Audrey: I really appreciated how Thomas didn’t shy away from showing some of the conflicts of interracial relationships. (My family has some nasty stories about future in-laws flipping out when they found out who their children had fallen in love with.) The struggles Starr faced through the book as she reexamined her relationship with Chris demonstrated how difficult forging and maintaining that kind of relationship could be. It was also an excellent contrast to Starr’s friendship with Hailey, who refused to believe she could be wrong or that Starr’s POV and feelings and experiences were valid.

Crystal: Starr felt comfortable with Chris because she could be herself with him. She didn’t do as much code switching with him as with the others at her school. She still kept many things hidden from him though. Thomas really did a great job showing Starr’s decision making there and letting readers know that these decisions weren’t made lightly. Chris and Starr have a lot to work through beyond the typical dating issues that come up between teens. Some of their conversations around race show that even Chris is operating under some biases though he is open to learning.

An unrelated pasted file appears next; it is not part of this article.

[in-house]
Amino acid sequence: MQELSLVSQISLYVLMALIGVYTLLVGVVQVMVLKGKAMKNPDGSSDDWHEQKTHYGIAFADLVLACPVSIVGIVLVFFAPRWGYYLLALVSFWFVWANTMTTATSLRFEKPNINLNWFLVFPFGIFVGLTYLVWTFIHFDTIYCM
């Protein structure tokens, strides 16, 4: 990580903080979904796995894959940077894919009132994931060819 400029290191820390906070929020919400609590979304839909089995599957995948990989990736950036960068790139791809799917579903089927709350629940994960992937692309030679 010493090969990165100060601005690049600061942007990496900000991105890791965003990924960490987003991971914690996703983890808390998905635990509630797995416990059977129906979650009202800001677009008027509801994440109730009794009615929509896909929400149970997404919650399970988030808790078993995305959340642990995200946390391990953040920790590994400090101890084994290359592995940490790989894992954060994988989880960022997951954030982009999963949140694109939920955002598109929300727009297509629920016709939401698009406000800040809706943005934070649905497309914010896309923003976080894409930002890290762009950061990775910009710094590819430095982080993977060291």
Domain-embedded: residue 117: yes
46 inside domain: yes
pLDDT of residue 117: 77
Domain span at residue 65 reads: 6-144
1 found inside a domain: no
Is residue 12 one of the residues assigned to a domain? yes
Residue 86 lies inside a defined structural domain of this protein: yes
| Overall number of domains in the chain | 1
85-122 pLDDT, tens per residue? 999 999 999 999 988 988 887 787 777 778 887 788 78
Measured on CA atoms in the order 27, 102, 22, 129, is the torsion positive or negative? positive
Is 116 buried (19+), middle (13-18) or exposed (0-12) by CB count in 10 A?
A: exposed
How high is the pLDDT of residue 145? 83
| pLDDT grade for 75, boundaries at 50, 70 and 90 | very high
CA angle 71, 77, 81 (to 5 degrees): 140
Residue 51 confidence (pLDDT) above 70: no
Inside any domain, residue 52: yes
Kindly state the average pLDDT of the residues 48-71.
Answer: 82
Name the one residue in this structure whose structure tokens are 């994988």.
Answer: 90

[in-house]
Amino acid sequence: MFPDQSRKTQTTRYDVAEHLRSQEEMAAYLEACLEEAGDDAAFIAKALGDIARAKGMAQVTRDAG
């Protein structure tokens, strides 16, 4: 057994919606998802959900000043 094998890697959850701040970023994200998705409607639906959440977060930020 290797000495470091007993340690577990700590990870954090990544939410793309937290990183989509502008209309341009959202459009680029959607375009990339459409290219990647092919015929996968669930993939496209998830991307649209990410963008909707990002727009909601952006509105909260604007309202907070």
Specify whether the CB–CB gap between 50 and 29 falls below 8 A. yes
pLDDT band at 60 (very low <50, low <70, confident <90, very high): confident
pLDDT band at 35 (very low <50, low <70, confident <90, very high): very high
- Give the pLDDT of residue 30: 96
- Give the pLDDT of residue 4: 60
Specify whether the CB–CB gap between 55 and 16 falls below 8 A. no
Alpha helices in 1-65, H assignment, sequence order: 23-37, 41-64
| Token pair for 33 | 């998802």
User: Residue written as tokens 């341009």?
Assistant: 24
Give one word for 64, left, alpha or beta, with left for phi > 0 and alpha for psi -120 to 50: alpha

K. Imani: I agree with you Crystal that Thomas did an excellent job of making Starr and Chris’s relationship complex and that the decisions they make apart and together are done with careful thought. It is clear that there is mutual respect and love for each other based on their personalities and mutual likes.

Audrey: One of the small things later in the book that made me really happy was how Maya and Starr formed a “minority alliance” and promised each other that they wouldn’t let Hailey get away with saying any more racist stuff to them again. That moment of self-reflection from Starr, about how she needed to have a voice and stand up for others, too, was wonderful, especially since both she and Maya followed up on their pledge to back each other up. It was great to watch them come together and be allies for each other.